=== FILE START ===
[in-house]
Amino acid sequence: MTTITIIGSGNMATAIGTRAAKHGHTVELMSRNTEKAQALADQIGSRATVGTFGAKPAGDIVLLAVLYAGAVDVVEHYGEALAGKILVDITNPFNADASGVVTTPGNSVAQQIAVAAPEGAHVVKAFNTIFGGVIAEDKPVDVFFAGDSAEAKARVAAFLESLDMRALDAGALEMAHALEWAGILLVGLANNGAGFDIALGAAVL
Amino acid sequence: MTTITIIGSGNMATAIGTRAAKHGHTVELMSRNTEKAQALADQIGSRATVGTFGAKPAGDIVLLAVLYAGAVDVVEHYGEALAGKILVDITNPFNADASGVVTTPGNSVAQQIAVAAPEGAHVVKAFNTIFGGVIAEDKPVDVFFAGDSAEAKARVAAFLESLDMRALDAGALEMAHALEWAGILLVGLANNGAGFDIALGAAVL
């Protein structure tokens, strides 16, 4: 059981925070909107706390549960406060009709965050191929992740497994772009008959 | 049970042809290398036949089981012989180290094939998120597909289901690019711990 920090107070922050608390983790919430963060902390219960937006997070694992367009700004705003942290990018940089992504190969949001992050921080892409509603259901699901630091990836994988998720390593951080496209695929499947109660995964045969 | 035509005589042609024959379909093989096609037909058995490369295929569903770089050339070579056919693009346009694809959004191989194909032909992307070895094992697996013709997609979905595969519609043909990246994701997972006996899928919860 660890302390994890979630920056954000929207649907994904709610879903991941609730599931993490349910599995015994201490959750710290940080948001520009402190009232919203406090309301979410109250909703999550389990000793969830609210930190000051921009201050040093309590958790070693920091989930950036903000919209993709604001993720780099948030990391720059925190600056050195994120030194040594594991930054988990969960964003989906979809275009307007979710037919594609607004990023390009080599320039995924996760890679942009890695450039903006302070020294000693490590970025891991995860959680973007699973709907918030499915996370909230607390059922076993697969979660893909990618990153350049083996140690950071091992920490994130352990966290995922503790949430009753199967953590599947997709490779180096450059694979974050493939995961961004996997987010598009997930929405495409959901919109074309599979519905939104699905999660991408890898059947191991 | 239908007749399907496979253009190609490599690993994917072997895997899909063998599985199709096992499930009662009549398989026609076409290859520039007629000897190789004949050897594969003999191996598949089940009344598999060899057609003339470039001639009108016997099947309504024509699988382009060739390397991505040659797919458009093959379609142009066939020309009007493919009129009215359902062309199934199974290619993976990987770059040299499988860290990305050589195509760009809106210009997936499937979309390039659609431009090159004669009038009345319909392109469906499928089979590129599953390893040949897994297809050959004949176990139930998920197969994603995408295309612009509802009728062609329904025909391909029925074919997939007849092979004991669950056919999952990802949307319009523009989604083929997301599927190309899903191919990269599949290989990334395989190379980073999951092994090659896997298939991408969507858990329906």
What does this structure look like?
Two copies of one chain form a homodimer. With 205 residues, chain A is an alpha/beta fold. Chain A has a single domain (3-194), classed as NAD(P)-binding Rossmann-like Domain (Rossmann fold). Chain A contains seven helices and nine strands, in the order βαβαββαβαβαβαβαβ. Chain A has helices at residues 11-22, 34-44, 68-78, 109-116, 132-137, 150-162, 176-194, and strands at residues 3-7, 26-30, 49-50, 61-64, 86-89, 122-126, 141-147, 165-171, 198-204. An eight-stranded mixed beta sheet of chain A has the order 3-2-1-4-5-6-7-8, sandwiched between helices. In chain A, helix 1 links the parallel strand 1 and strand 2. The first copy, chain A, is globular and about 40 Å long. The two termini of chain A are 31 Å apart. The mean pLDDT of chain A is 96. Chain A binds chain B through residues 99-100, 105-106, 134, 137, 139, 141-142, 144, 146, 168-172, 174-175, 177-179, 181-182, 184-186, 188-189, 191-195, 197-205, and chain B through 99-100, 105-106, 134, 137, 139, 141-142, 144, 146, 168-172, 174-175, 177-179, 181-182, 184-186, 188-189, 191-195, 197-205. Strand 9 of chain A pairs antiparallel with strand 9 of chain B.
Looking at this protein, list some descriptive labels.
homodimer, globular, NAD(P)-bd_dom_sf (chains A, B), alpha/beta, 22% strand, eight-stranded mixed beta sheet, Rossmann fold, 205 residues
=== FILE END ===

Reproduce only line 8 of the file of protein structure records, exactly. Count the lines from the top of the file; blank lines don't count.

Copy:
homodimer, globular, NAD(P)-bd_dom_sf (chains A, B), alpha/beta, 22% strand, eight-stranded mixed beta sheet, Rossmann fold, 205 residues